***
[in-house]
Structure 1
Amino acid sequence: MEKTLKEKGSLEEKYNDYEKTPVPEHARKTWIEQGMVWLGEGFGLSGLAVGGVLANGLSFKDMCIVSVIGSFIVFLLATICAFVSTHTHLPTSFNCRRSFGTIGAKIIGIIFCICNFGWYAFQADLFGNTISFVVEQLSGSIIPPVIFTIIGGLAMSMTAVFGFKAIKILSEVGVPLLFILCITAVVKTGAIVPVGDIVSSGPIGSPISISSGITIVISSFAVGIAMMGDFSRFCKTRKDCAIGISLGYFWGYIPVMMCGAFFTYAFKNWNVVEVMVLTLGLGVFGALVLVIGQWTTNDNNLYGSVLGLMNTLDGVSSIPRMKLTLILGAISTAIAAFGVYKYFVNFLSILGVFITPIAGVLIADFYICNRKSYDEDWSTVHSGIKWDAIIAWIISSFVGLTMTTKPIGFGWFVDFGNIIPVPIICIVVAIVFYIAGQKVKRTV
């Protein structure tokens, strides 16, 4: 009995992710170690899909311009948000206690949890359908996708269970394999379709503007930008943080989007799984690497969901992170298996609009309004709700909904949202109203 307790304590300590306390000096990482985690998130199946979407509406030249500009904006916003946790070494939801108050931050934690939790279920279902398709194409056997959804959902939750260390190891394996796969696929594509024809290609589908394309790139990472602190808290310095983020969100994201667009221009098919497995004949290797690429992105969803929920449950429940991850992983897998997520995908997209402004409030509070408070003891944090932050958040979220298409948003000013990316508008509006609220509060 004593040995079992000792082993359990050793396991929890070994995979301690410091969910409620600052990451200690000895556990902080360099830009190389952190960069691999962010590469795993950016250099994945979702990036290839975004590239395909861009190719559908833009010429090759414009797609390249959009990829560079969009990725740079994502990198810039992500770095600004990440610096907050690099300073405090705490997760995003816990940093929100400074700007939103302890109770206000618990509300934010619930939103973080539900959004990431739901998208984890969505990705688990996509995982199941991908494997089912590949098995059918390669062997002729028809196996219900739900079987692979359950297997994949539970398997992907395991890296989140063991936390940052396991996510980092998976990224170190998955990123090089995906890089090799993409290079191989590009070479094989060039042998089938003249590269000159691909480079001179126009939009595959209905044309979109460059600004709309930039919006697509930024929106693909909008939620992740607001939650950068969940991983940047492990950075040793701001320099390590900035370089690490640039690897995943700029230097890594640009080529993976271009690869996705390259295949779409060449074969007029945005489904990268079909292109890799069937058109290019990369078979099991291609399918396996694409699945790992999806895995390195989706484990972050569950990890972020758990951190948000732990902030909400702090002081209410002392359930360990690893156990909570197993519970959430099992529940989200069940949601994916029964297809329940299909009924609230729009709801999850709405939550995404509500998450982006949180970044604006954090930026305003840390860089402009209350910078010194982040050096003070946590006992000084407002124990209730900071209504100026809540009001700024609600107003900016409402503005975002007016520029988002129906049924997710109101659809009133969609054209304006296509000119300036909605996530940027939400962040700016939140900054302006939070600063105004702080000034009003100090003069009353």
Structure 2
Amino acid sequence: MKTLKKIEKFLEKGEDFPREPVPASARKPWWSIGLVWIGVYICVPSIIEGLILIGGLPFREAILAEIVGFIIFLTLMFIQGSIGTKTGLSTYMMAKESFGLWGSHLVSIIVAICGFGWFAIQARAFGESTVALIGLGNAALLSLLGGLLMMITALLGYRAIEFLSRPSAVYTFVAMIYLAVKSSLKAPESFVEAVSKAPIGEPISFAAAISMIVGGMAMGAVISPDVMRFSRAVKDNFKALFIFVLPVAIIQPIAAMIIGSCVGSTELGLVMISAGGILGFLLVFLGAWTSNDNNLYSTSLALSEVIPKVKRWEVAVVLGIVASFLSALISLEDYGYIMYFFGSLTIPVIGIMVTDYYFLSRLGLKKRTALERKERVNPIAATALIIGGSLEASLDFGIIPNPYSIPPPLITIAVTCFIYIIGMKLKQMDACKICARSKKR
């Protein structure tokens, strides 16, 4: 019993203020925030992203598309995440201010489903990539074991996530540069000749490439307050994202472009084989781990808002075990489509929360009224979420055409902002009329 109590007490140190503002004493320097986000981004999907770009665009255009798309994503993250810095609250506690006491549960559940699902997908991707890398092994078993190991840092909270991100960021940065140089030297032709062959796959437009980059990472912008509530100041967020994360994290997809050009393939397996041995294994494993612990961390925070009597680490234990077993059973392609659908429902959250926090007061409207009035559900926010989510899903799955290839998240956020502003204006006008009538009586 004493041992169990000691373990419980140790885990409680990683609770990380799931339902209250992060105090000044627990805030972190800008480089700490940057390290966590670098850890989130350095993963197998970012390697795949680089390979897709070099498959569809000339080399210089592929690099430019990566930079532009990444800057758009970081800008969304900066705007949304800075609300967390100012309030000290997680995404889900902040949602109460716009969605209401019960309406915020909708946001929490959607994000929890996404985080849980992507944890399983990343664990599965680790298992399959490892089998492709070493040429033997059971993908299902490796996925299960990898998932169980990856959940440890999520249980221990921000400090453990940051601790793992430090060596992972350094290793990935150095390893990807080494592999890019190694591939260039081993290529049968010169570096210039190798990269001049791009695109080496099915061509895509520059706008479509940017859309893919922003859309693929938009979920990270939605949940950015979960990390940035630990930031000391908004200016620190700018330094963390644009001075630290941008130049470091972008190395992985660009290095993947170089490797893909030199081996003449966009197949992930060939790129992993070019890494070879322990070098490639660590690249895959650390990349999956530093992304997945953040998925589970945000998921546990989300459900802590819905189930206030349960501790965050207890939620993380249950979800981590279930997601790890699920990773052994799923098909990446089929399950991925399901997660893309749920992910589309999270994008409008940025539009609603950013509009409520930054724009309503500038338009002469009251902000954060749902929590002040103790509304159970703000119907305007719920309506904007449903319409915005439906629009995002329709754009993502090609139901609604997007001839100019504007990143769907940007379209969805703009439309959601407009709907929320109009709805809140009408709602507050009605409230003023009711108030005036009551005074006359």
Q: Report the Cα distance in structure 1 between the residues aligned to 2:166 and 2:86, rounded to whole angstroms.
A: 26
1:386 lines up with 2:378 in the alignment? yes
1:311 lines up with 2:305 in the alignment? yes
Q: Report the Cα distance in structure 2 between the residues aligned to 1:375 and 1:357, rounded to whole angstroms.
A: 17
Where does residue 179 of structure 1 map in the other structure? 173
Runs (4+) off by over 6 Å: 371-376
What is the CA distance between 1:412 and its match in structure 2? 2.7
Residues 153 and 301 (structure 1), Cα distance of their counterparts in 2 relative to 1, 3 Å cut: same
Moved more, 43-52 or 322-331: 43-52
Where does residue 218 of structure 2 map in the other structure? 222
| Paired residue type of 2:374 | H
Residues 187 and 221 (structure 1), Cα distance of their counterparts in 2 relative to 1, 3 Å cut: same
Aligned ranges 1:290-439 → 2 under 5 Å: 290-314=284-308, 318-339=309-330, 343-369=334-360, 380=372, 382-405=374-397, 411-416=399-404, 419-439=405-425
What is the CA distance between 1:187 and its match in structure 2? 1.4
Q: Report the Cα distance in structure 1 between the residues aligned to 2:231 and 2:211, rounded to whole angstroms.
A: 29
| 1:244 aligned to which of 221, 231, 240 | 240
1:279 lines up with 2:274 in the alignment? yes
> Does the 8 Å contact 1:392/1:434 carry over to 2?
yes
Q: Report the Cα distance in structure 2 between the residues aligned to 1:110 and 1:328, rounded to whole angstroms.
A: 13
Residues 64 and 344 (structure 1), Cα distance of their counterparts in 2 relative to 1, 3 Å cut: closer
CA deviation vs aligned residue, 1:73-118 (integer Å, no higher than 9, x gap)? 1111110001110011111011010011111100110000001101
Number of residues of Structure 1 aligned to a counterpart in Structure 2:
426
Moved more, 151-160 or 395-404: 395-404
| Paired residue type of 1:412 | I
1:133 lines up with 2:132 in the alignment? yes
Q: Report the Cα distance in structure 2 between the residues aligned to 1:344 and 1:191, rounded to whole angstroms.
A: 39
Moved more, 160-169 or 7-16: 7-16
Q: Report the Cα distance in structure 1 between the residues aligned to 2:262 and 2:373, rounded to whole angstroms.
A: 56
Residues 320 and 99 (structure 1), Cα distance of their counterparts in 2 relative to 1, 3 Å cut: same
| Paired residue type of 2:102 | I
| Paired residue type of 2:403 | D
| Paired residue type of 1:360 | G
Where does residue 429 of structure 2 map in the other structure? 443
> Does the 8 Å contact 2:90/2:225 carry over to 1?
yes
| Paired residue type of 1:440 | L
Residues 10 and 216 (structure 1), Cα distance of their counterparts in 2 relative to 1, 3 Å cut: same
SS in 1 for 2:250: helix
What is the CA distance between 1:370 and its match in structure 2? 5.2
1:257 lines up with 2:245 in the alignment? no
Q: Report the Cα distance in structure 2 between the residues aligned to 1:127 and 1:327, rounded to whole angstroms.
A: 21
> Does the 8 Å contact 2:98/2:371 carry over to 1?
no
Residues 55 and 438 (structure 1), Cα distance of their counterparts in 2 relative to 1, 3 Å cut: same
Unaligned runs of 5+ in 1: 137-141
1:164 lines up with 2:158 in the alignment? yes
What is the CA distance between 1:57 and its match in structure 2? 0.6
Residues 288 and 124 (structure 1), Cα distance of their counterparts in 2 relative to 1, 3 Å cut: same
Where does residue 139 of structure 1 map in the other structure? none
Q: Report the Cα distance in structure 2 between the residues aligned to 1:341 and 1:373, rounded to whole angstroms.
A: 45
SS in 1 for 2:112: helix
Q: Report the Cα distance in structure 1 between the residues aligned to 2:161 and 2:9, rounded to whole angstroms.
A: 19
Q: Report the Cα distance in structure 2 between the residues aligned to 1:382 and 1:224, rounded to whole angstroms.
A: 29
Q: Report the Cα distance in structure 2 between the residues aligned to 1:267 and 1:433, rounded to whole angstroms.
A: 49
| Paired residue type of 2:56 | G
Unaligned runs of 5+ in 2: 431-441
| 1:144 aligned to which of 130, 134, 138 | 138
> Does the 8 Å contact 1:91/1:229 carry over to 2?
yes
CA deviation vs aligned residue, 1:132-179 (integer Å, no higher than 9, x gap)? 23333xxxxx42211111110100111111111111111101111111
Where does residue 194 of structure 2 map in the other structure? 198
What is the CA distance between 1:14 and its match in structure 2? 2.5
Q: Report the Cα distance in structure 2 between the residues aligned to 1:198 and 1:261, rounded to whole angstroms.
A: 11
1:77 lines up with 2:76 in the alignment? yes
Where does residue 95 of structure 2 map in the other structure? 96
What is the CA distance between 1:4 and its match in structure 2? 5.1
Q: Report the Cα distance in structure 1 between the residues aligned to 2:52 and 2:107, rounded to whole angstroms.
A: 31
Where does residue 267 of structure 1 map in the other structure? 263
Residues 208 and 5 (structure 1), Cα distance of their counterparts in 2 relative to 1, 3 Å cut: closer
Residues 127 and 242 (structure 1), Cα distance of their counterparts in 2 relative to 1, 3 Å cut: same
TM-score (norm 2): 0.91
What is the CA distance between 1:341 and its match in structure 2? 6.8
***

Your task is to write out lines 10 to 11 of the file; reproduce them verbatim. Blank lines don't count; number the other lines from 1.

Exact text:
1:386 lines up with 2:378 in the alignment? yes
1:311 lines up with 2:305 in the alignment? yes